New Army headquarters building signals US return of Camp Darby land to Italy
July 17, 2019
CAMP DARBY, Italy — The Army took a step Wednesday toward returning a portion of Camp Darby to Italy as part of a Defense Department consolidation project expected to save the U.S. around $500 million annually.
Members of the command team of U.S. Army Garrison Italy and the Darby Military Community inaugurated a new garrison headquarters on the southern part of the base, which they will move to after turning the northern part of the base over to the Italians by the end of October.
“The Camp Darby mission will not be affected by this consolidation,” said USAG Italy commander Col. Erik M. Berdy, who was on hand for a ribbon-cutting ceremony. “We do have a lot of work to do since all the facilities, currently located in the north side of the post, have to relocate to the southern part of the post.”
The return of a portion of Darby, located on the northern Mediterranean coast near Livorno, was agreed to under the European Infrastructure Consolidation process announced in 2015. The EIC proposed consolidating or fully returning bases in Belgium, Germany, the Netherlands, Portugal, the U.K. and Italy to the host countries.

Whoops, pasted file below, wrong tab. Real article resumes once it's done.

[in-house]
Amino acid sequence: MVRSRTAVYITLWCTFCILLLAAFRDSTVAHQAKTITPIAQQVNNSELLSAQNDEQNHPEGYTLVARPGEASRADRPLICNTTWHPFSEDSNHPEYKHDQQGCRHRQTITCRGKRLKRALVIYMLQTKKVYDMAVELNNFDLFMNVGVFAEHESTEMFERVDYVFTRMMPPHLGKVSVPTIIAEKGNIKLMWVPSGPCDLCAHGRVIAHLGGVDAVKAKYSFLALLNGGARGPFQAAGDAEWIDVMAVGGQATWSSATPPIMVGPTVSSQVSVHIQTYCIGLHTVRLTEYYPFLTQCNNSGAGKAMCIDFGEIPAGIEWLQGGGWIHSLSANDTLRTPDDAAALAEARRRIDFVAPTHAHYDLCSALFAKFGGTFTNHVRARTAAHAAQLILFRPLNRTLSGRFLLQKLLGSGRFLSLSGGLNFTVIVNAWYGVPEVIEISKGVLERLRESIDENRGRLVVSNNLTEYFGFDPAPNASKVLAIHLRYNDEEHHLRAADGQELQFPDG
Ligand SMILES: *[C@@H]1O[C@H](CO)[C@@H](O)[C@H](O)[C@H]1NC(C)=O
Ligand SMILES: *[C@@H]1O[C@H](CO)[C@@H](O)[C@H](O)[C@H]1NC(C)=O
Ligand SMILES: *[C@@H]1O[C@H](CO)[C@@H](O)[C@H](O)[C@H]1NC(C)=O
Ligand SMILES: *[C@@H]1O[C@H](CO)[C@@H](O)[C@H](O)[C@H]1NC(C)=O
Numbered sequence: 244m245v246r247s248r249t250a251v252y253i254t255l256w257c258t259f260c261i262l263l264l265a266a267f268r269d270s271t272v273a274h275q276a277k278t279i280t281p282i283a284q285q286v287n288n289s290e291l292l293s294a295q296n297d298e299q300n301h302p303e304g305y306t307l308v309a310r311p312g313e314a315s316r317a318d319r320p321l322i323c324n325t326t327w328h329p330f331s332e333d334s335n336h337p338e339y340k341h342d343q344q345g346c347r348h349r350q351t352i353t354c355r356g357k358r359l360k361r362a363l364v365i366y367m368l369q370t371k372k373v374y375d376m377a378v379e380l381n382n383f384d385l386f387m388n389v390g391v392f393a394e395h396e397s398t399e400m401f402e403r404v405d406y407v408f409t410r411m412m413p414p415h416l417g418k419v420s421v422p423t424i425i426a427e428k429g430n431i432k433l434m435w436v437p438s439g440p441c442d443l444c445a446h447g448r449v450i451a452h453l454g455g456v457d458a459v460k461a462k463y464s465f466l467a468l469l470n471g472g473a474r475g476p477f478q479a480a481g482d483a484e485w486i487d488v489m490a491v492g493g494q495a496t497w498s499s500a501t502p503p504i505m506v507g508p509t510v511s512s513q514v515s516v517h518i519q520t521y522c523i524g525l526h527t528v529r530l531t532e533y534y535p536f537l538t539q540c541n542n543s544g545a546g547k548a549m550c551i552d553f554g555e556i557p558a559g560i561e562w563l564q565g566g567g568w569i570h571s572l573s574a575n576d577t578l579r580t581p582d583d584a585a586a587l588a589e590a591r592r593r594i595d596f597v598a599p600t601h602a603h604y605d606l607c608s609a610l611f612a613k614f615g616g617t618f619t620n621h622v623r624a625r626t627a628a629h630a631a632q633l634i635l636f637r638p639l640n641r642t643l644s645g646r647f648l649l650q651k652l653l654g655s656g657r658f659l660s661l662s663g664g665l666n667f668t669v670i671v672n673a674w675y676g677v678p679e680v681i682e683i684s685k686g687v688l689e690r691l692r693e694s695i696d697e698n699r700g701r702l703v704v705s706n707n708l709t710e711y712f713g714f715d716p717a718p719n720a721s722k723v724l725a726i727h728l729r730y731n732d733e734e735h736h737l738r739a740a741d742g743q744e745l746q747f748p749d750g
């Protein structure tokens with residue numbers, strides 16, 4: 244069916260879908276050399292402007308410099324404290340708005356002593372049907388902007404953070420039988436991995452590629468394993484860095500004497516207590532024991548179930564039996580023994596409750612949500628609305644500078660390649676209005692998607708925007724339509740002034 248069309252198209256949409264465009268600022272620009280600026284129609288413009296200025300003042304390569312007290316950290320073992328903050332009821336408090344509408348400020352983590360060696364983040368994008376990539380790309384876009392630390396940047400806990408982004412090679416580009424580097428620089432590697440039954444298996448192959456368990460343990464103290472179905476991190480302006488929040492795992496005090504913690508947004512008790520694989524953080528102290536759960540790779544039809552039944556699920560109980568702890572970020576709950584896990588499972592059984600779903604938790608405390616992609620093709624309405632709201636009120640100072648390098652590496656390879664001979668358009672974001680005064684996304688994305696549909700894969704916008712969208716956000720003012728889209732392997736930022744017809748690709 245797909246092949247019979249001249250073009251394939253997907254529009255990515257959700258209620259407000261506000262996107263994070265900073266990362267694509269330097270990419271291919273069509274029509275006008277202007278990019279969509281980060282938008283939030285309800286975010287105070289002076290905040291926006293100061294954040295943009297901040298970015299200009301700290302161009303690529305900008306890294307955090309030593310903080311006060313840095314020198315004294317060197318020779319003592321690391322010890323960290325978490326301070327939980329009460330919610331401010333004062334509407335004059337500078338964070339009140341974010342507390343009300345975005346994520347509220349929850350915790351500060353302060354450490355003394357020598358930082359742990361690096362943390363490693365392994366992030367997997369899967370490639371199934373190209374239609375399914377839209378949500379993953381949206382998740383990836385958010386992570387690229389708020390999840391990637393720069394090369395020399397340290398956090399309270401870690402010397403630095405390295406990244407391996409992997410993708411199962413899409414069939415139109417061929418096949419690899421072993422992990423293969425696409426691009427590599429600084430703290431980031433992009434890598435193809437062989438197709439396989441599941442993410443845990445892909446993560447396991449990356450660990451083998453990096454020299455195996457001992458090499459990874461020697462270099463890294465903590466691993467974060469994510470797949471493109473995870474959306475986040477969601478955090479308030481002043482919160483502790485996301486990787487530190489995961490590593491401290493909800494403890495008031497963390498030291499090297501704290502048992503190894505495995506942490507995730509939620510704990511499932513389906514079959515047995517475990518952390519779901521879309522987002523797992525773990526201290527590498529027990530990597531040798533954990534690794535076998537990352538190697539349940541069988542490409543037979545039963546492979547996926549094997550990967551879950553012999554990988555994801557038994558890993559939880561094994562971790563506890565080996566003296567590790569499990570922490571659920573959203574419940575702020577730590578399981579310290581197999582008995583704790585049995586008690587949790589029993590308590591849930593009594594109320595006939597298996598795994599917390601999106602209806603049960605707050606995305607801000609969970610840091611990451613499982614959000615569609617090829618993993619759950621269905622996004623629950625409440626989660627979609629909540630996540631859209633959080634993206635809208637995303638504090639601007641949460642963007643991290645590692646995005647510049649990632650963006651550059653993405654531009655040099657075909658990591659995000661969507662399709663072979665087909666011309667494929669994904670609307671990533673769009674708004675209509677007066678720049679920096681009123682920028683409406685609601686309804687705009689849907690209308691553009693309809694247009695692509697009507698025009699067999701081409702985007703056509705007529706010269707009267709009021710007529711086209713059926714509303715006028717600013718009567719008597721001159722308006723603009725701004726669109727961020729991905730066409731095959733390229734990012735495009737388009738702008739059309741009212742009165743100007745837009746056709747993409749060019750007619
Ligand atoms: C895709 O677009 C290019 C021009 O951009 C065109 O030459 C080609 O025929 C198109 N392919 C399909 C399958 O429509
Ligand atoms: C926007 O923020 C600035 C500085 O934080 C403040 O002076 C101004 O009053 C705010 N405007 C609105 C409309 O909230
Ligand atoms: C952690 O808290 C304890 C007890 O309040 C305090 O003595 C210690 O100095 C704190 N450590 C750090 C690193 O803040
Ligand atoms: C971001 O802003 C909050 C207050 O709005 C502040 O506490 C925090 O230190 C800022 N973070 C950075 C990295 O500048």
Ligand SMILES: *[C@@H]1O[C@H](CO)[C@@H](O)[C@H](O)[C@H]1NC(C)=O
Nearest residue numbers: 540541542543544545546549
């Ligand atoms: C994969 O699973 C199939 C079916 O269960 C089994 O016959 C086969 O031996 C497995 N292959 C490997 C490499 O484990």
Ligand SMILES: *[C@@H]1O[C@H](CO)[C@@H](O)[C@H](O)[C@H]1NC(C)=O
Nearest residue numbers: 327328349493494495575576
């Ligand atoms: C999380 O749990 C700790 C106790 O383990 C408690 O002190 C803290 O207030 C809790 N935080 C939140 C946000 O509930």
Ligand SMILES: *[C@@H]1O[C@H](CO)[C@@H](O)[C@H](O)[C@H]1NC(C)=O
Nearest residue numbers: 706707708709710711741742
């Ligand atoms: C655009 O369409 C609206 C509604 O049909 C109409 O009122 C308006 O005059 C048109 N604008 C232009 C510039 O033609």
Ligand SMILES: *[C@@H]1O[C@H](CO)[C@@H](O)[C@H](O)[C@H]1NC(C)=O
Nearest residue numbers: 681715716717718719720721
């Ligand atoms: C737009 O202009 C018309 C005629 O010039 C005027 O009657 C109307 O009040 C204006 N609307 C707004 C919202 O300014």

Camp Darby has been a permanent U.S. Army facility since 1952.
Over the years, it has housed Army, Air Force and Defense Department operations, including the Combat Equipment Battalion-Livorno, which stores and maintains pre-positioned equipment and vehicles, and the 839th Transportation Battalion, which runs the seaports supporting U.S. military operations throughout the Mediterranean.
But the U.S. military population on base has fallen to just over 100 airmen with the 731st Munitions Squadron.
That squadron and the Army’s pre-positioning mission will remain at Darby, said Chiara Mattirolo, a spokeswoman for the base.
The Italians plan to use their portion of Camp Darby to house the headquarters of a special operations regiment and a support battalion, said Col. Renato Vaira, commander of the Italian army garrison at Darby.
Vaira said the extent of collaboration between U.S. and Italian forces would be decided by the governments of the two countries.
“There will still be internal access between the two bases,” Vaira said. “It’s important for us to have that as it will help with security of the installations.”